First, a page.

Find Comfort in the Glory of the Incarnation

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While Mary was laboring to give birth to her son and tending to him in the hours after, shepherds were going about their mundane work. On this most humble, ordinary of nights, God gave his people a glimpse of glory. Surrounded by the sounds of livestock, an angel broke through the dark, shining with the glory of the Lord.

His appearance was enough to startle the shepherds. These men were working, as usual, not expecting that night to glimpse the bright light of God’s glory. In the midst of their fear, the angel made a stunning proclamation. That very day a child was born, a child who is their promised Savior and Lord (Luke 2:11).

Our Lord, Our God

What our Bibles translate as the word “Lord” is the word kyrios in the Greek New Testament. In classical Greek, kyrios is a title for the head of a household, like the words master or sir. Such a title is a stunning elevation for a child born under humble conditions, but the shepherds understood that the angel’s words carried a greater significance.

According to theologian Wayne Gruden, the Greek Old Testament uses the word kyrios 6,814 times to translate the very name of God, Yahweh (Grudem, 1995). So, when the shepherds heard the angel speak, they heard the angel announce the child not only as their promised savior but as their God. The tender, yet powerful voice of God Himself broke through years of silence to reveal his glory through the person of Jesus Christ.

Sinclair Ferguson calls believers to not just consider what this means, but to be forever changed by this radical proclamation. He says,

“If your intellect has never been staggered by the reality of the incarnation, you don’t know what the incarnation means. It doesn’t mean Jesus was a little baby. It means the eternal, infinite, divine One, worshiped by Cherubim and Seraphim, the Creator of all things, the sustainer of all things, infinite in His being, wisdom, power, majesty, and glory – who in a word could dissolve the world that had sinned against Him – was willing to come into this world and assume our flesh in order to become our Savior. It is overwhelming. That’s the great thing about the gospel.”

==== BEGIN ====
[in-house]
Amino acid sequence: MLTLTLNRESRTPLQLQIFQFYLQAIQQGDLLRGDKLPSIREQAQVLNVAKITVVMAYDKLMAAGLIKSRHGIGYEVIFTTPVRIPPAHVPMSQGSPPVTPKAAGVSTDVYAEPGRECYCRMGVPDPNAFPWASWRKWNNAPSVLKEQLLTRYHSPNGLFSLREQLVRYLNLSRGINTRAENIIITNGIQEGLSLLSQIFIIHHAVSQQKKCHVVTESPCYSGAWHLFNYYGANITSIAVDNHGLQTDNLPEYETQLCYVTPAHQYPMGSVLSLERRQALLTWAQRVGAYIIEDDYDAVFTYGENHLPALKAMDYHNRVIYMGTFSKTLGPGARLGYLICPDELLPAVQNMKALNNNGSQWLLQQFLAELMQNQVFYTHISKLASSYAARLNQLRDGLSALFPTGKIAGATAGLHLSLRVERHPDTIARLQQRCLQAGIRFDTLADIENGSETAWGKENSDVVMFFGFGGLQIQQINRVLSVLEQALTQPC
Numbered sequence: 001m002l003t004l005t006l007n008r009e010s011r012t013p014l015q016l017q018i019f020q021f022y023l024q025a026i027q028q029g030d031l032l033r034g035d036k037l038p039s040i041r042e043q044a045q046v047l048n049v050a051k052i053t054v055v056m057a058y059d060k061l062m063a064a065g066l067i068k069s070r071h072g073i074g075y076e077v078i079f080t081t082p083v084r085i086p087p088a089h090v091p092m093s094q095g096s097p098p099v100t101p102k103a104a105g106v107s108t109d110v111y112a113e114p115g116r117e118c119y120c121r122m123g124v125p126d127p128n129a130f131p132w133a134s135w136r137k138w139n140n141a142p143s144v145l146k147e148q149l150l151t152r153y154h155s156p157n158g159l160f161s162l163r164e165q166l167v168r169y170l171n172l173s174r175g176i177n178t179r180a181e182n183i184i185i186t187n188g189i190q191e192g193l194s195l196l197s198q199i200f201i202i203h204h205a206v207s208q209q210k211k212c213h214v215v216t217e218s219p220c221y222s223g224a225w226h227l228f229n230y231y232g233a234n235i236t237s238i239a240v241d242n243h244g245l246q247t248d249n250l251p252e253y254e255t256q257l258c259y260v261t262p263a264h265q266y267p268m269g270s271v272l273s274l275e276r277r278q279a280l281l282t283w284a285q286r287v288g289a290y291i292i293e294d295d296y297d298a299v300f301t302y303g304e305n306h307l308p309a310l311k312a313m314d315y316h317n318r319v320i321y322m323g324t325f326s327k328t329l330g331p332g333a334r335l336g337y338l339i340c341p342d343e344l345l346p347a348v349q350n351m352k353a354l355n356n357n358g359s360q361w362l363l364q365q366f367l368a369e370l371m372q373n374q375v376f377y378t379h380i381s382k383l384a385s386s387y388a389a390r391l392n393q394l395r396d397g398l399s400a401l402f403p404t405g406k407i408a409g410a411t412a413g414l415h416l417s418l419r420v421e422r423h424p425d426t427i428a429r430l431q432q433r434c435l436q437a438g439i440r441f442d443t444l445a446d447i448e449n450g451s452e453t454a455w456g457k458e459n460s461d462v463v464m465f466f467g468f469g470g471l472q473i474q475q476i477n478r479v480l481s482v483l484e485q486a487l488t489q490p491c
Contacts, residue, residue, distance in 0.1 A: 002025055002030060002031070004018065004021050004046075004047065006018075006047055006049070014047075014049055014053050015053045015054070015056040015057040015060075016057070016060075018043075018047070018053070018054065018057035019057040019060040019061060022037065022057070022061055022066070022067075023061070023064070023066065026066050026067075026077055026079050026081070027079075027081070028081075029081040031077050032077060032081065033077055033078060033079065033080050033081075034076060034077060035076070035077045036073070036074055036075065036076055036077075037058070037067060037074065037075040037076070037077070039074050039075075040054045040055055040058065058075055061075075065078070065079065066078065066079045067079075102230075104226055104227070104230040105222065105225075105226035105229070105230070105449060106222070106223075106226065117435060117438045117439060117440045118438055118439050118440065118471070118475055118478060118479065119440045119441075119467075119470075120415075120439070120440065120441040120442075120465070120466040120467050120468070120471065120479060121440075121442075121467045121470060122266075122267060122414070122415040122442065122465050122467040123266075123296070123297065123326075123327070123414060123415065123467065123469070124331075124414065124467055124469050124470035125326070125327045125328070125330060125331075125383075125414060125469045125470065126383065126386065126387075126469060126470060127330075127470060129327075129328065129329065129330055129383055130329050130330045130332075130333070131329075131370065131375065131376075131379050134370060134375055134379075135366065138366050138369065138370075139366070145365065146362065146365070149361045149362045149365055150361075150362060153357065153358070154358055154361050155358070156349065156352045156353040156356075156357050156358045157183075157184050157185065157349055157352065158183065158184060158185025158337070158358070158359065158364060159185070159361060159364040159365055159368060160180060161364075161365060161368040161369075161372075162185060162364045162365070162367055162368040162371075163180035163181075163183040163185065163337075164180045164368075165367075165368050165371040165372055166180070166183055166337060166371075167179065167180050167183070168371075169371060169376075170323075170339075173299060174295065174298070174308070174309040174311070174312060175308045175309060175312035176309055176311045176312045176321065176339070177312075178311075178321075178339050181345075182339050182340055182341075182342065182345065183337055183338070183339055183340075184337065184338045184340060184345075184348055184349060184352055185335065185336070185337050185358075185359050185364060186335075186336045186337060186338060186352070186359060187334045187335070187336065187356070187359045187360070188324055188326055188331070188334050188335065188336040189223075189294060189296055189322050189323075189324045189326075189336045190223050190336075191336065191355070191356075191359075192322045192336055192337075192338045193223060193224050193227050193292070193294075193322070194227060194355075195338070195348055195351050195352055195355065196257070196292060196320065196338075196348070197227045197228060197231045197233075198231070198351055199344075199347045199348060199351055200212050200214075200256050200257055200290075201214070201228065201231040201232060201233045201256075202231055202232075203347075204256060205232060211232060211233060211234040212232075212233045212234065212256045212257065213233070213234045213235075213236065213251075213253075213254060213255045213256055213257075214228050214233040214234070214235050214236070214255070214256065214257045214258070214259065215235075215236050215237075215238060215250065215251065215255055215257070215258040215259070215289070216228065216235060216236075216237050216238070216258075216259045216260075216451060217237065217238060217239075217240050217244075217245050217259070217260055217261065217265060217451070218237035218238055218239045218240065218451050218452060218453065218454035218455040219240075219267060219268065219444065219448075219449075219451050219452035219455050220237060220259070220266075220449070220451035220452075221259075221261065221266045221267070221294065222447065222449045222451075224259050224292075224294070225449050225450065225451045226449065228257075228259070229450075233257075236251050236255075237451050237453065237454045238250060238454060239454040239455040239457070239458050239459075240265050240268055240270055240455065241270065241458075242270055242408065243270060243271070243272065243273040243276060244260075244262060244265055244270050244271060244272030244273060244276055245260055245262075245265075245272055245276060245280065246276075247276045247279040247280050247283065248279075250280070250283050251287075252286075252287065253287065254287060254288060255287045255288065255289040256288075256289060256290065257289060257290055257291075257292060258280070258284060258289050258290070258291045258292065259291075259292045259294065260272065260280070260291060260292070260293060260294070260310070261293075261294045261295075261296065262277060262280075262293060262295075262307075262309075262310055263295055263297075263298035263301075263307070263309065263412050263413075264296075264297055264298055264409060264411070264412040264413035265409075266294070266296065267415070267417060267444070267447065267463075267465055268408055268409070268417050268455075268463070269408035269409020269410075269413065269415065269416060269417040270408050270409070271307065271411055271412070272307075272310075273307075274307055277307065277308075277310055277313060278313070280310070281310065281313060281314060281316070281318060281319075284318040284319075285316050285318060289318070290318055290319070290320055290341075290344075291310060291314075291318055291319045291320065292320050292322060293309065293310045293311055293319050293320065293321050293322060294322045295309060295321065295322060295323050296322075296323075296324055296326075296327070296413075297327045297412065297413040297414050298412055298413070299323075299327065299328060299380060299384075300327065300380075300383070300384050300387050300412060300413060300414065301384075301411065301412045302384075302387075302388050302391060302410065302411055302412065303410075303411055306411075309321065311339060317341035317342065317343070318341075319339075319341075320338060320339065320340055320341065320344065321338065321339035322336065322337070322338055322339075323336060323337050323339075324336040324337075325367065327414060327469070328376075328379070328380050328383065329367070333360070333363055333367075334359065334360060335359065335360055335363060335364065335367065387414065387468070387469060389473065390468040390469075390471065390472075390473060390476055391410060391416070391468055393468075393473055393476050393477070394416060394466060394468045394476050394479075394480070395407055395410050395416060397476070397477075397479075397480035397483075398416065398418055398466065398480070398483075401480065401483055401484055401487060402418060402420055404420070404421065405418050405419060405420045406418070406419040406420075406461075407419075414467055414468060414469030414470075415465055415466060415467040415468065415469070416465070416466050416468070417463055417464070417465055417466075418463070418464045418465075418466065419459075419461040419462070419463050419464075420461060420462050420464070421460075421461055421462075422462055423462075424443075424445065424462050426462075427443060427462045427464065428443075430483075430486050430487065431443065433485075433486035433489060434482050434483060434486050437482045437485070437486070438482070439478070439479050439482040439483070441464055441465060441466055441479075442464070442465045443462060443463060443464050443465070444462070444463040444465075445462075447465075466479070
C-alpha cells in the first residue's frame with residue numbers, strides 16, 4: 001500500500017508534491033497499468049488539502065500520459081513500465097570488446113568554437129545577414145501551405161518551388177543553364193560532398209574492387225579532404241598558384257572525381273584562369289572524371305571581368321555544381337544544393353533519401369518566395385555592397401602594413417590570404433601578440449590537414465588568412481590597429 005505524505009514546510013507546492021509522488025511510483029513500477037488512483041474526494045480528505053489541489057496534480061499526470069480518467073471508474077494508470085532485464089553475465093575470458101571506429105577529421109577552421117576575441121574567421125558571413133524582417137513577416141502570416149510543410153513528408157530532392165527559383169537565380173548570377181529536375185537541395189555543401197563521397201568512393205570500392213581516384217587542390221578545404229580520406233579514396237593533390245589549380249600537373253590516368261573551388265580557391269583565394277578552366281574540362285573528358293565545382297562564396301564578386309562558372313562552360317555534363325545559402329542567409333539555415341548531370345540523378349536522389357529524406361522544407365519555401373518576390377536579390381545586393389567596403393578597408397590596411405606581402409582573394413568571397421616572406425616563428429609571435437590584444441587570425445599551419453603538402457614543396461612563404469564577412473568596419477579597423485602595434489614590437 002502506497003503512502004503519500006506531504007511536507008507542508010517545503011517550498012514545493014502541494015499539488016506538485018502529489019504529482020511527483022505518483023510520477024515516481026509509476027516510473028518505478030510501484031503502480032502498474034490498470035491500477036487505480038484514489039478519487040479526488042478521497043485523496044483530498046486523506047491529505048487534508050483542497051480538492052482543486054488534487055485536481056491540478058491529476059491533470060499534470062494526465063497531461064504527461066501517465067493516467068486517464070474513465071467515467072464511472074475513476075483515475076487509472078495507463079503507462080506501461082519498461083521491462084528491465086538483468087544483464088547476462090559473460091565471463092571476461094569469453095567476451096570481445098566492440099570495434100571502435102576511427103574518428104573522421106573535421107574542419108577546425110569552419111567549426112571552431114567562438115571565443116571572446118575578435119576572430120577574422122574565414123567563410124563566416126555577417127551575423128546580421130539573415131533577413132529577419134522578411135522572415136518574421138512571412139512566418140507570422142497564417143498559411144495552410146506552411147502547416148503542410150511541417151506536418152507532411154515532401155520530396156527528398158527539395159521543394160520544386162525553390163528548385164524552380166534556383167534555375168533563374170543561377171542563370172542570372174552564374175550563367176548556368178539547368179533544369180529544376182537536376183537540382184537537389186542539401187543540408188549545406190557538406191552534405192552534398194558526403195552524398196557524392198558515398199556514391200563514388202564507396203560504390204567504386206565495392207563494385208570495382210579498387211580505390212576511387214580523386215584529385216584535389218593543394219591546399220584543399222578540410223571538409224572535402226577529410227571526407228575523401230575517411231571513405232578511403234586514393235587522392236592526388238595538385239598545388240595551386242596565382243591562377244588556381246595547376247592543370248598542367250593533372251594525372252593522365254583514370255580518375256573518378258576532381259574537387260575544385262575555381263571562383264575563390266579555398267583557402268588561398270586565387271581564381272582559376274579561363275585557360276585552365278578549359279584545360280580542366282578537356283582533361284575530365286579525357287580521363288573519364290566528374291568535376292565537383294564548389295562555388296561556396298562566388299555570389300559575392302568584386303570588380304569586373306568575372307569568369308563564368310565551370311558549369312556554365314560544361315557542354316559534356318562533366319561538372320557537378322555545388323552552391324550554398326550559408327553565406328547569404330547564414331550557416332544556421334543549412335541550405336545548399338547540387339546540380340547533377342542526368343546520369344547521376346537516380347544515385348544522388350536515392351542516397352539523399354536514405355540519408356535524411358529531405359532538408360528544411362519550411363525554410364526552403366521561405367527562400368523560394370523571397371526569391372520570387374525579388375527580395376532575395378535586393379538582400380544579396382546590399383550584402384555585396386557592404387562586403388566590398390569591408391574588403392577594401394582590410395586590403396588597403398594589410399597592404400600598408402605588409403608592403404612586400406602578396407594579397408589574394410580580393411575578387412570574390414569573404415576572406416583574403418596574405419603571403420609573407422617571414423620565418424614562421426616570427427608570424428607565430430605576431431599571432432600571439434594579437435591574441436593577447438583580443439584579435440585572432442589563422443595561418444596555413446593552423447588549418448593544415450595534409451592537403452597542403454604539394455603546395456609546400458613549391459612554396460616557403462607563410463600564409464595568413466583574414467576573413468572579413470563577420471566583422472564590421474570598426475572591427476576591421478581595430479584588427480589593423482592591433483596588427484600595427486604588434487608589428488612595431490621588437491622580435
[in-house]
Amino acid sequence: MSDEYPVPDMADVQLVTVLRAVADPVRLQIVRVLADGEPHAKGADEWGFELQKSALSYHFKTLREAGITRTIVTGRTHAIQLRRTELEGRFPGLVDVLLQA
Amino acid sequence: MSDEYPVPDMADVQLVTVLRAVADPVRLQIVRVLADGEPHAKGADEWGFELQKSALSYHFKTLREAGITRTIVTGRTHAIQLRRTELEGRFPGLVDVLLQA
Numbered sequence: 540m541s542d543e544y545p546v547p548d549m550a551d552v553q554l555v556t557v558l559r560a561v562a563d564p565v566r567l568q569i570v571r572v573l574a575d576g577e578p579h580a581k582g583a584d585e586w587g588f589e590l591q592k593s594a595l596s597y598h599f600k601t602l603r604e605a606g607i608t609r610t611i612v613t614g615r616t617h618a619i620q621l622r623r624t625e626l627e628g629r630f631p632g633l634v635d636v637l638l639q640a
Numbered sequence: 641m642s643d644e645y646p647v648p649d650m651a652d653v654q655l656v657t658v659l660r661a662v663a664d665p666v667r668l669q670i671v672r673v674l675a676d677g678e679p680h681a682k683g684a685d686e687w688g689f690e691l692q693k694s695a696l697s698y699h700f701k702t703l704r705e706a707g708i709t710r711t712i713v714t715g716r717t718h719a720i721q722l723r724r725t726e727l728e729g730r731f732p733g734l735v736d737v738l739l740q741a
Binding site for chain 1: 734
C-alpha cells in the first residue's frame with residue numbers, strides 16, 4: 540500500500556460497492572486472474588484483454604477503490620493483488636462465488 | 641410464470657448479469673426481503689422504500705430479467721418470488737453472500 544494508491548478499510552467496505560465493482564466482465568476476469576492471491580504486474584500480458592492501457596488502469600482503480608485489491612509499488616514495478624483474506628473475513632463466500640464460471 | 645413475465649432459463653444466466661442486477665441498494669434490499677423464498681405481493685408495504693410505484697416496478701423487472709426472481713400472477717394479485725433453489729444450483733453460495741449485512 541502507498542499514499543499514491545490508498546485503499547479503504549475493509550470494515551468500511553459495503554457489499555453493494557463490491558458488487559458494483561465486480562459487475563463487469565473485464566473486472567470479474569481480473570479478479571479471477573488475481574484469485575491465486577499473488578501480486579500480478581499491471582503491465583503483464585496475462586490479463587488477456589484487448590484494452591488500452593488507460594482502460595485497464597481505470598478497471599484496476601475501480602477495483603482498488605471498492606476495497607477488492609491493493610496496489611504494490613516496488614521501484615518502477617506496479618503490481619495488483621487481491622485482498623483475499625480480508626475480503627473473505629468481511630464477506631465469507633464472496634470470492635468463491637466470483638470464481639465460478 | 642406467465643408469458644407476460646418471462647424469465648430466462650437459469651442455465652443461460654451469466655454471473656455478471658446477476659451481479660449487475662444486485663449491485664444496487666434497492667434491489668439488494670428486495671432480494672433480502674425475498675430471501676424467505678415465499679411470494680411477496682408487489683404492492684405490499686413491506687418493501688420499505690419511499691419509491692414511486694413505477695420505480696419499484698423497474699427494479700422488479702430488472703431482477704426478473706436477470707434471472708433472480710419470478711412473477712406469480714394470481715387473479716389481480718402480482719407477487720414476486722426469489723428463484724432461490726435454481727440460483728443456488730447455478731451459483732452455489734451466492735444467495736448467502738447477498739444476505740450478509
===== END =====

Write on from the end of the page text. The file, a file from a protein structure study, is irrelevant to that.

(Ligonier Ministries, 2019)

Gospel Comfort and His Future Glory

The angels not only revealed Christ’s deity, they also proclaimed his purpose. God had come, and he had come to save. As the light broke through the dark, mundane night, so God has shown “the light of the gospel of the glory of Christ” into our dark hearts (2 Corinthians 4:4). God’s greatest revelation of his glory to humanity is through the gospel of Jesus Christ.

“Comfort, comfort my people, says your God. Speak tenderly to Jerusalem, and cry to her that her warfare is ended, that her iniquity is pardoned, that she has received from the LORD’s hand double for all her sins. A voice cries: ‘In the wilderness prepare the way of the LORD; make straight in the desert a highway for our God. Every valley shall be lifted up, and every mountain and hill be made low; the uneven ground shall become level, and the rough places a plain. And the glory of the LORD shall be revealed, and all flesh shall see it together, for the mouth of the LORD has spoken.’”

Isaiah 40:1-5

What a comfort this brings to the soul burdened by sin! Our “warfare is ended” and our “iniquity is pardoned.” The glory of the Lord is revealed not through our pilgrimage to him, but through his incarnation and work of redemption.

And while God made his glory known to a few through the earthly ministry of Jesus and to even more through the “light of the gospel,” there will come a day when “all flesh shall see it together.” There will come a day greater than Christmas, greater than the incarnation, when each one of us will see the fullness of God’s glory. For those in Christ, there can be no greater comfort or joy.

Meditate on His Glory

In the 2006 film version of Charlotte’s Web, the narrator discusses our tendency to quickly forget the miraculous. He states, “…what was amazing yesterday was suddenly ordinary today.” (Winick, 2006) And how true is this of our thoughts toward the incarnation? As Ferguson says, the incarnation is more than acknowledging that Jesus was born as a baby. When we focus our eyes only on the baby we miss God’s glory shining in the midst of our ordinary.

After the shepherds saw the glory of the Lord revealed, they immediately went to Bethlehem to see their Savior and their God. They spread the angel’s words, leaving others wondering in amazement. Mary, upon hearing the proclamation, treasured and pondered her God’s words as she gazed at the face of her Savior.

We can only imagine her thoughts and emotions during this time, but I assume she felt immense comfort in seeing and meditating on the glory of God. Christ had come to crush the snake (Genesis 3:14, Hebrews 2:14), pardon her iniquity (1 John 1:9), and reveal his glory to mankind (John 1:14). Endless striving toward an unattainable keeping of the law was about to end as the more perfect Adam had come to be her substitute (Romans 5:19, Hebrews 2:17-18).

May we not neglect the discipline of meditating on the Word made flesh, but instead find comfort in the glory of God as we behold, meditate on, and proclaim the incarnation and the gospel. God has come and he has come to save! “Glory to God in the highest!” (Luke 2:14)

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